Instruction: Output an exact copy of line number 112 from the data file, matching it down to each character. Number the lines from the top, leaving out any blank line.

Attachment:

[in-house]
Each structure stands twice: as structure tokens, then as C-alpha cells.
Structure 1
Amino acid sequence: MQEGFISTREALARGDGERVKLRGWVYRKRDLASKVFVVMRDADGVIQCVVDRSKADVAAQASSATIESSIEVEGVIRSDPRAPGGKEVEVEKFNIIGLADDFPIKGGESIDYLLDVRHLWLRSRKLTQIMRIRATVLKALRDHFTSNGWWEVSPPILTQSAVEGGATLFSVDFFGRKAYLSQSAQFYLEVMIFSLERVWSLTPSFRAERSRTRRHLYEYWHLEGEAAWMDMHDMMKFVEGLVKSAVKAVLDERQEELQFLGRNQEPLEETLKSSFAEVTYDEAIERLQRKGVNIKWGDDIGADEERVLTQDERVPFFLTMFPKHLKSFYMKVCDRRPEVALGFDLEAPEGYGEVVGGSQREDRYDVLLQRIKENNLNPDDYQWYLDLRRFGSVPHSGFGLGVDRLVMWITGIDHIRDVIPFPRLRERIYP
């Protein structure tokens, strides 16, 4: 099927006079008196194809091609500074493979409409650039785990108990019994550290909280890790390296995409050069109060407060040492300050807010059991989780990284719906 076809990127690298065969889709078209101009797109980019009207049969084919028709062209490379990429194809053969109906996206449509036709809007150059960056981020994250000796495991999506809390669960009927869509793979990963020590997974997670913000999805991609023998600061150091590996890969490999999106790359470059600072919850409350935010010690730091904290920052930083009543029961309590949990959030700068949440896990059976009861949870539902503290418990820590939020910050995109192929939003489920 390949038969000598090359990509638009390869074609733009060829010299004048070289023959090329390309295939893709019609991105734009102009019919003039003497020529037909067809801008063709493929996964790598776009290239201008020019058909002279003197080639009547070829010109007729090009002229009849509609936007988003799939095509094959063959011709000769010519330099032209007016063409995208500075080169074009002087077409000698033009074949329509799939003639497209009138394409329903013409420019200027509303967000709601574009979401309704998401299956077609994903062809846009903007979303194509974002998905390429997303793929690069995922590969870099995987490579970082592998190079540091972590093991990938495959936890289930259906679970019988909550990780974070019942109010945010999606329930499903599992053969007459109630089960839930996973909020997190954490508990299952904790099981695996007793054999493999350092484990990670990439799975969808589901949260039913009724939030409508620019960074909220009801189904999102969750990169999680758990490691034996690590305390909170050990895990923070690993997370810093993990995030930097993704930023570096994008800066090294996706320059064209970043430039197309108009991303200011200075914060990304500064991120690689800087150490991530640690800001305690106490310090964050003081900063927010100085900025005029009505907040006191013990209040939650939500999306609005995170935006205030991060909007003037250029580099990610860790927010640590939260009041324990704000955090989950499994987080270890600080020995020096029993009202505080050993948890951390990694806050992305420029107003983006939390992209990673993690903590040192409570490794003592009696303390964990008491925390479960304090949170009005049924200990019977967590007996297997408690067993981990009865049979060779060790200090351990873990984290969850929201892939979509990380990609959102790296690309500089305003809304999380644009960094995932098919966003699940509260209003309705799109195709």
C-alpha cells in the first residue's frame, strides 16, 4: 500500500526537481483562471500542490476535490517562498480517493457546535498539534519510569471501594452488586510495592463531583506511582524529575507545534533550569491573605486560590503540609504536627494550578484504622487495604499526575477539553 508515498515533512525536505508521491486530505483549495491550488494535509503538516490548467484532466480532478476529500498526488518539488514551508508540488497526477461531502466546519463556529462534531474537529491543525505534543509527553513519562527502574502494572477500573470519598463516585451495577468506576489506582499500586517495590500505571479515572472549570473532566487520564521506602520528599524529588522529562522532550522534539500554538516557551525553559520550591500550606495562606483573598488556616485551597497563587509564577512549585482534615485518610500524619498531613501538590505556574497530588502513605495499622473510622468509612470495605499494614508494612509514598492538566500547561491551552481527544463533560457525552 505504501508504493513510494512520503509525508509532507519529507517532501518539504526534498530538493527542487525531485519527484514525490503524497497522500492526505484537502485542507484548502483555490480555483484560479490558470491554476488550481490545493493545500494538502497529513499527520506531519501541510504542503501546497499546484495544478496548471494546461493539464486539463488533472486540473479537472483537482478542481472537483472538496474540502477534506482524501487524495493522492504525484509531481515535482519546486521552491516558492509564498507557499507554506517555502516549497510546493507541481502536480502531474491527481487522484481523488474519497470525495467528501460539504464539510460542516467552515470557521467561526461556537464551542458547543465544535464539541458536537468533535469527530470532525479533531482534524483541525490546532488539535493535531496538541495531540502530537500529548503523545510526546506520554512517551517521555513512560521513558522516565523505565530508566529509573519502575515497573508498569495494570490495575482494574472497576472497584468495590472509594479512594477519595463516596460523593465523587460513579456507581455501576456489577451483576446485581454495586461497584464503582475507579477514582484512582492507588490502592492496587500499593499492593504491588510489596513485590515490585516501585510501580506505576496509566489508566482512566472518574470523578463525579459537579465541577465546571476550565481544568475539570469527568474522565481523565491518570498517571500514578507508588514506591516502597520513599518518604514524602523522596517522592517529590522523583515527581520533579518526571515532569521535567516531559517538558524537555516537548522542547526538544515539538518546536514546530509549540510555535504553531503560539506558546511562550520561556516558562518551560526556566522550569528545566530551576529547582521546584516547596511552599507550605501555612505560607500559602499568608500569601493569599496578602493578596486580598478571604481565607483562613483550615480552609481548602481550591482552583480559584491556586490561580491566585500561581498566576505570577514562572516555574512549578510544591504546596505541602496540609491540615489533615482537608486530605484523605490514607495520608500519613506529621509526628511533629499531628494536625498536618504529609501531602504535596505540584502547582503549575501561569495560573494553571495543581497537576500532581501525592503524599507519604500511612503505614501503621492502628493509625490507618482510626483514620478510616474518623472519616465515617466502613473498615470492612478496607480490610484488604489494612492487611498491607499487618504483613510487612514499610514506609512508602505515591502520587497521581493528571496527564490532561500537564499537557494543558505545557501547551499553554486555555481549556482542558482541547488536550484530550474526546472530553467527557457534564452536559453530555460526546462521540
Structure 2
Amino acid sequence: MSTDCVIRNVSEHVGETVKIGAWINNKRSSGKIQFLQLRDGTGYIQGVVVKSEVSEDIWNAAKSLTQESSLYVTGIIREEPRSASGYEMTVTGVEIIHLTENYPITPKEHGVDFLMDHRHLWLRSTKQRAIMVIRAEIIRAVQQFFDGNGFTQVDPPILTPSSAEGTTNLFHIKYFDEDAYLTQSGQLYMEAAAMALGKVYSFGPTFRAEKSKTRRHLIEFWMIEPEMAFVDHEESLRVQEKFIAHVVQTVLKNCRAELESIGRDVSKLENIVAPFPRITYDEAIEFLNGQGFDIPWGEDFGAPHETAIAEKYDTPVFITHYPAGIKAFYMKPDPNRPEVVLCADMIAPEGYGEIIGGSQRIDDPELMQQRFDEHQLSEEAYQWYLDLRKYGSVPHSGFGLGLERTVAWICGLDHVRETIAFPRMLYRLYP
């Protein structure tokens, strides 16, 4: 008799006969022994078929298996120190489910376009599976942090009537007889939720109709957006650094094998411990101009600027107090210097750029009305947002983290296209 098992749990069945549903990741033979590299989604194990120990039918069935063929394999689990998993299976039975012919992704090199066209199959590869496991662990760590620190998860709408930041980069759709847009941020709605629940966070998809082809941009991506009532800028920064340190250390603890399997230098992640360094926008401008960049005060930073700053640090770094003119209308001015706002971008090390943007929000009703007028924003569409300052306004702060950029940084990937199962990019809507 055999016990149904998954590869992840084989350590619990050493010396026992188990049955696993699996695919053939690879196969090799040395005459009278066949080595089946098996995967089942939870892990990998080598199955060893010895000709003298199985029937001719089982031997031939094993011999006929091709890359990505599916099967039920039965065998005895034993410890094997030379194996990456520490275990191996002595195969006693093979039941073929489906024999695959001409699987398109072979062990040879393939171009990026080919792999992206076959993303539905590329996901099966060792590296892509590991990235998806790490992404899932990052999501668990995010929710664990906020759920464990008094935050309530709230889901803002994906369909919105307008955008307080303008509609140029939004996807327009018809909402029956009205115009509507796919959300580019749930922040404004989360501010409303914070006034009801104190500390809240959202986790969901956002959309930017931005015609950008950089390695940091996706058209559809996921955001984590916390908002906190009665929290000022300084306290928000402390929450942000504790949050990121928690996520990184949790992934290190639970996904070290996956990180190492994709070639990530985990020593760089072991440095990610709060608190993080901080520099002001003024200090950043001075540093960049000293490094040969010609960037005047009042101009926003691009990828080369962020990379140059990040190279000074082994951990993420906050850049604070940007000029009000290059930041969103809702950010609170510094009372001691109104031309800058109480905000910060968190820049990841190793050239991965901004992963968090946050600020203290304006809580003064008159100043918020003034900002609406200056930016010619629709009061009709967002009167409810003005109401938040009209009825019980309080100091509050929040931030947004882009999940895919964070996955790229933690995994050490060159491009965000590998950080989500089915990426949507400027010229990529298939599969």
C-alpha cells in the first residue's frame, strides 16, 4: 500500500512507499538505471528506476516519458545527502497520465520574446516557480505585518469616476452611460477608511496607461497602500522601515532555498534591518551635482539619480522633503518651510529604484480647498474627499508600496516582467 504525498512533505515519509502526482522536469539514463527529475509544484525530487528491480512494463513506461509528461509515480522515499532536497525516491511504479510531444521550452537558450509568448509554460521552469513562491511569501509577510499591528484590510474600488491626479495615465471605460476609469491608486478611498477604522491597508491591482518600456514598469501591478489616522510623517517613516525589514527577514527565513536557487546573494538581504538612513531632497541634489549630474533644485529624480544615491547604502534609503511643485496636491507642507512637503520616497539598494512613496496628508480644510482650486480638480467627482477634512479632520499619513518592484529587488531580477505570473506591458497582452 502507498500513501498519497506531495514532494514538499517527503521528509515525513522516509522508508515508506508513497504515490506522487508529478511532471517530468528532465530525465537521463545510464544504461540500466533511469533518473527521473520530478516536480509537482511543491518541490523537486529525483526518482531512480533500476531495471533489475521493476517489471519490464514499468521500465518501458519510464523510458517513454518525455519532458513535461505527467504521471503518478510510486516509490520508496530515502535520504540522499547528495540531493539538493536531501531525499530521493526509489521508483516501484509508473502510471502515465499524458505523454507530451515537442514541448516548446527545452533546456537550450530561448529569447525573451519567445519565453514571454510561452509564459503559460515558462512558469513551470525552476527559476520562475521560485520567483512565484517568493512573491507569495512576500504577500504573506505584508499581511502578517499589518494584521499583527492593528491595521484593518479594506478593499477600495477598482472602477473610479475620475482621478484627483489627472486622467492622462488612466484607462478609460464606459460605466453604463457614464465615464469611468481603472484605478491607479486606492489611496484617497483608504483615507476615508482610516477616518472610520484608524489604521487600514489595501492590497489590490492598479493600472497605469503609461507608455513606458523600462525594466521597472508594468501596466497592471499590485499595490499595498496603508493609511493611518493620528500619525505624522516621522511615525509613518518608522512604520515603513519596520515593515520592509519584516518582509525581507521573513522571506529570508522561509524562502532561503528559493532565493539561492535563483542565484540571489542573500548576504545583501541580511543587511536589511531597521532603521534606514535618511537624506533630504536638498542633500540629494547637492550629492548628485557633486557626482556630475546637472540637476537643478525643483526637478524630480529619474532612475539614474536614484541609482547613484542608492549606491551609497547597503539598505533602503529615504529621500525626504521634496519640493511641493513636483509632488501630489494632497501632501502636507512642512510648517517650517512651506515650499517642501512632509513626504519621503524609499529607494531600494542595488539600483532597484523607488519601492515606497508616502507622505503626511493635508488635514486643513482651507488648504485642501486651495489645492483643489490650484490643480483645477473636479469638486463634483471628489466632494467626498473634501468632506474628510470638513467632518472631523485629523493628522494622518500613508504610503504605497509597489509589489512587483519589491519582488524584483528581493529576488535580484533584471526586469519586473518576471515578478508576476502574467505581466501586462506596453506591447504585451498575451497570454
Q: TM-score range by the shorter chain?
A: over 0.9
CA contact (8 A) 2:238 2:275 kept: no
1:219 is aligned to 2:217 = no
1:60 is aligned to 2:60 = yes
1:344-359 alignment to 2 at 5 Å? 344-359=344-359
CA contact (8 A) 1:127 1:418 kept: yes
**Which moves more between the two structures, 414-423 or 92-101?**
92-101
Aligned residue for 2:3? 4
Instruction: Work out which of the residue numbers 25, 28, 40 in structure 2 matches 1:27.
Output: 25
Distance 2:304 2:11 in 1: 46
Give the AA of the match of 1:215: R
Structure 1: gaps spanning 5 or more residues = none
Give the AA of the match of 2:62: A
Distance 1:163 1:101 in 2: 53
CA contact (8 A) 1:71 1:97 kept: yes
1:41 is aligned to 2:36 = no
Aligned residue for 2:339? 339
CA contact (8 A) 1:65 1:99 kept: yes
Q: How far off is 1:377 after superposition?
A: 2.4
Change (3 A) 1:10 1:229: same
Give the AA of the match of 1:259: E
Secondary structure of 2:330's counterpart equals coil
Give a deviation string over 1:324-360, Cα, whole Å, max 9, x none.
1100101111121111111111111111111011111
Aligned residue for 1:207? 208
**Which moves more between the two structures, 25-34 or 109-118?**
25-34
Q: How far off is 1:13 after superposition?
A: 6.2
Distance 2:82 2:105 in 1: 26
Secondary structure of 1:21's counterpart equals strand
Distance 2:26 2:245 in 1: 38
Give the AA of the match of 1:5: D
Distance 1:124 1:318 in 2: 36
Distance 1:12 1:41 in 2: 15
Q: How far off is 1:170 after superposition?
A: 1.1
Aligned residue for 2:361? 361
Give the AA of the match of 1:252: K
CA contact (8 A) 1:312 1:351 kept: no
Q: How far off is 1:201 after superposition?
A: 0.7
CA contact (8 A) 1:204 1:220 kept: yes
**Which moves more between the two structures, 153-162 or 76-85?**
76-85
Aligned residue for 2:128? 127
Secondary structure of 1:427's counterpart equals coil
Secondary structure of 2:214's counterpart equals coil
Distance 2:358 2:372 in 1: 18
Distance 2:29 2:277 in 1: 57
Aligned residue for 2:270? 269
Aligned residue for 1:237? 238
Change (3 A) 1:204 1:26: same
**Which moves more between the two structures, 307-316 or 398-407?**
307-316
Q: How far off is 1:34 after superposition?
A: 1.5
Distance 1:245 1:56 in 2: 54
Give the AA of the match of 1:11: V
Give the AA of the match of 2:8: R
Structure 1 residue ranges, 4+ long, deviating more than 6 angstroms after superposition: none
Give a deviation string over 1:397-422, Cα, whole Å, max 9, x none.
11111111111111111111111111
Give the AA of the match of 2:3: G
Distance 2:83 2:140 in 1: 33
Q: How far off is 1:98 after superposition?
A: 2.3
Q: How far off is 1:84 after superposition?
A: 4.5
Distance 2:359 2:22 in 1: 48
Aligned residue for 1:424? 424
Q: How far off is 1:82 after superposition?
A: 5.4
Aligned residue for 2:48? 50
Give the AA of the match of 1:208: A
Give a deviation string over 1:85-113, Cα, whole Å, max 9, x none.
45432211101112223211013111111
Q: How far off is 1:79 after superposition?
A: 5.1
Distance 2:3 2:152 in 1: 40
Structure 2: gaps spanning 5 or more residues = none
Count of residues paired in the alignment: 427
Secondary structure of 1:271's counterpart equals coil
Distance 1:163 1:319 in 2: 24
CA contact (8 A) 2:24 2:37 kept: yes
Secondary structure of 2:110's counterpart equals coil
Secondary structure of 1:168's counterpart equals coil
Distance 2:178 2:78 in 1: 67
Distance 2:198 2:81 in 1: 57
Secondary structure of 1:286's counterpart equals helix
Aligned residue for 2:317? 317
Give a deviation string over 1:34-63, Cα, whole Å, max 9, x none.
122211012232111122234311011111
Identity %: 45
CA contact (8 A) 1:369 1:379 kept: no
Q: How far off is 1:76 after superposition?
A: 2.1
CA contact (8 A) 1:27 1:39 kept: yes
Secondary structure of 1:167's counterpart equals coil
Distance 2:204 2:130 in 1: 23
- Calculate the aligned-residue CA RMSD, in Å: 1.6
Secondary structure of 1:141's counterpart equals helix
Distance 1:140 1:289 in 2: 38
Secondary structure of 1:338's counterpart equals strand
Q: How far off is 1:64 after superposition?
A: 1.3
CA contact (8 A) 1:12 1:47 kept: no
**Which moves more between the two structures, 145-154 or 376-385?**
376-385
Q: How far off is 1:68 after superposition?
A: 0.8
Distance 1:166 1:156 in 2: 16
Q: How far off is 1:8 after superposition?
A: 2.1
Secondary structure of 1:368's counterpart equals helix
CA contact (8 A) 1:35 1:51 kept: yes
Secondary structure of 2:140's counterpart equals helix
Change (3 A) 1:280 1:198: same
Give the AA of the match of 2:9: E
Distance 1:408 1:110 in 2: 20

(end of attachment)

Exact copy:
CA contact (8 A) 1:27 1:39 kept: yes